Whether you’re looking to improve a URL structure for SEO or you're building a brand new website and you’re not quite sure how to structure the URLs, this guide is for you. In this article you’re going to learn the fundamentals for creating the perfect URL structure for any website.
Let’s begin by looking at what a URL is and why URL's are so important. A URL, also often referred to as a web address, specifies the location of a resource on the internet. And they serve many purposes. Sure, they age your SEO, but they also provide additional benefits such as establishing and reinforcing trust. Having a clean URL structure also maximizes the chances of users clicking and sharing your links. It also helps users understand what they can expect when clicking on your link.
So let’s look at how to fully optimize URL's for search engines. Here are 10 tips to improve any URL structure for SEO.
When a URL contains more than one word, you have a few options in how you can separate them. You could combine the phrase into one word, use underscores or use hyphens.
Now, which of the three URL's looks the cleanest and is the easiest to read? Most would say the last one. No search engines will view URL #1 as a single word, which is bad for keyword targeting and is hard for humans to read. Search engines don’t recognize underscores as separators and will bunch the words together, which makes this option bad for SEO. However, when google sees a hyphen, it will index each word separately. They even say for themselves that hyphens are more useful to them than underscores.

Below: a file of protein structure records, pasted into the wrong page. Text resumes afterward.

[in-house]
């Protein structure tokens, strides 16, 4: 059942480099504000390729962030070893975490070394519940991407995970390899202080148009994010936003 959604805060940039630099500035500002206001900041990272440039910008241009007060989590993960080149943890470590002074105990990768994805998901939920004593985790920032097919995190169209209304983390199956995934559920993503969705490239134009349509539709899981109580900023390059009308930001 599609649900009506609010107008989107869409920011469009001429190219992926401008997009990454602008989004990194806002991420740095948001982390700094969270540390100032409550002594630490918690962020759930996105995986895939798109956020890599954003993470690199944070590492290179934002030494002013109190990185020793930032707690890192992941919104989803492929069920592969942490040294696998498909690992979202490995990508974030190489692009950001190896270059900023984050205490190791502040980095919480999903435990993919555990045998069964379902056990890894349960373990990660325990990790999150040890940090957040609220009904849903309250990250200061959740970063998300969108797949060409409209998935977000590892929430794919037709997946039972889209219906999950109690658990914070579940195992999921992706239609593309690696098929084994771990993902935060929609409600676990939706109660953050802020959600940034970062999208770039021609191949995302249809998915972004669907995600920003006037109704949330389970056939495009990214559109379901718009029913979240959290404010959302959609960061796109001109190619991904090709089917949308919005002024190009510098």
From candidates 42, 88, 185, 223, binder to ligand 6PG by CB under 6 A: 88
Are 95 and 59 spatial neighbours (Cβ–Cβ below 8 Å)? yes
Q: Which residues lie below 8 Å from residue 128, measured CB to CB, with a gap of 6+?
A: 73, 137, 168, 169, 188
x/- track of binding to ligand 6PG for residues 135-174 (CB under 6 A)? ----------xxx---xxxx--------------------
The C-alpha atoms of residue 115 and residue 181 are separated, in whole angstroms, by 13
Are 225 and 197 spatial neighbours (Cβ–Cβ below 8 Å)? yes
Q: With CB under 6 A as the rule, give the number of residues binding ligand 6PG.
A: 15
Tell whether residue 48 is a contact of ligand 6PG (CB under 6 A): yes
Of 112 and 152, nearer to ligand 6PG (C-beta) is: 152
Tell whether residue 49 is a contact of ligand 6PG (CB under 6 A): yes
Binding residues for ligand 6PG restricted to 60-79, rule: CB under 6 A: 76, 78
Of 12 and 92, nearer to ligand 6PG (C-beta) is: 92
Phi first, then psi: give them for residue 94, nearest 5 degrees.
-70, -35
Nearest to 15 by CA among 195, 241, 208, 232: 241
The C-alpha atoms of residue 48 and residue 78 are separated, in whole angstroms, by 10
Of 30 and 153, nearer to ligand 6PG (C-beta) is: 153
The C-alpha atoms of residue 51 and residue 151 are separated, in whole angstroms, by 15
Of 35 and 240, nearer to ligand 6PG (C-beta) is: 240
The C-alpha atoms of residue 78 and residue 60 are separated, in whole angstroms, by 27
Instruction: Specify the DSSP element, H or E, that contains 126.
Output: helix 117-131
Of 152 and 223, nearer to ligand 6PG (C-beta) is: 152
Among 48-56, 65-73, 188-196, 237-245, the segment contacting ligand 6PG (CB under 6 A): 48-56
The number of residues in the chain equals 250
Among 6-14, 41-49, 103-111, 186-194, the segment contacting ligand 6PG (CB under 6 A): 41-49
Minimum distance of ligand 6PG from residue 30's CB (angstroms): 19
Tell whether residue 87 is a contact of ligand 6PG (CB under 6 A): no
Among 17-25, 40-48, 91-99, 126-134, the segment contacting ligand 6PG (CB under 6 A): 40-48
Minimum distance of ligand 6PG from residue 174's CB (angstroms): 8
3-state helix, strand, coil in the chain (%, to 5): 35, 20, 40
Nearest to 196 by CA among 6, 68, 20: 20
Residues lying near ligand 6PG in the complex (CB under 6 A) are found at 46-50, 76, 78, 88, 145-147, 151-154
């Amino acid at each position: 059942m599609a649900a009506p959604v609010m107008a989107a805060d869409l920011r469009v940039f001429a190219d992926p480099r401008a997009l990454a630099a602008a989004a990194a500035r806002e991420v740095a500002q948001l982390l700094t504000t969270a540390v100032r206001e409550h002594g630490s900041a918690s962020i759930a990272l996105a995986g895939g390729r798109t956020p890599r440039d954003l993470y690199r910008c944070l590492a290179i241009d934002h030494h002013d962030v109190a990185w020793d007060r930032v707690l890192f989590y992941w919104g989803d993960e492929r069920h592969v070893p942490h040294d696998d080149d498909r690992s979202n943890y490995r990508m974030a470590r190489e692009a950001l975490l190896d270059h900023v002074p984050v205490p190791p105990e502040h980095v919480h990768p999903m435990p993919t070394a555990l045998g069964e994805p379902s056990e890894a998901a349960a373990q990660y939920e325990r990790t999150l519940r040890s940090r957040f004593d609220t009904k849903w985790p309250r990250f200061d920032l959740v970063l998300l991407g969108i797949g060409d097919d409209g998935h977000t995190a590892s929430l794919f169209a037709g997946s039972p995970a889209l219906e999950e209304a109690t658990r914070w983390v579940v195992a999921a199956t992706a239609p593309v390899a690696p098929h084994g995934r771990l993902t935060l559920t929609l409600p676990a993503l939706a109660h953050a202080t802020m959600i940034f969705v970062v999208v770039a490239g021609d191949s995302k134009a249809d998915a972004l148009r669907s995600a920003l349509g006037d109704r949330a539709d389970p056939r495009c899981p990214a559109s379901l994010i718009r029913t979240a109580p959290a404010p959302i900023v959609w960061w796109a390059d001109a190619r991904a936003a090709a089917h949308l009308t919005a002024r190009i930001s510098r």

As a rule of thumb, you should avoid creating URL's with more than 60 characters. It’s likely that URL is automatically generated from a page title whenever you create a new page on a website. For example, when I initially created this article the URL looked like this: "/the-perfect-url-structure-for-seo-best-practices-for-improved-ranking". So, I trimmed the unnecessary parameters and made the URL look like this: /url-structure-seo
Shorter URL's are more likely to get clicked and shared, which is, of course, great for SEO. Make sure, though, that URL's don’t cannibalize on any other pages.
A stop word is a commonly used word (the, and, or, it), which search engines have been set to ignore. Stop words aren’t indexed by google and including them will add unnecessary length to your URL.
Here’s an example from wikiHow. There are a few stop words in this title. But as they’re targeting the search term “Make a Table”, it makes sense for them to remove all unnecessary words and focus primarily on the keyword.
Adding a keyword multiple times in a URL won’t add any SEO benefits and it can actually harm your ranking and click-through rate. The keywords for your page should also be included in the page title, meta description and throughout the content naturally.
A folder in this context refers to the number of forward slashes you use in your URL. I recommend that you limit the number of folders to a maximum of two. Let’s take a look at an example.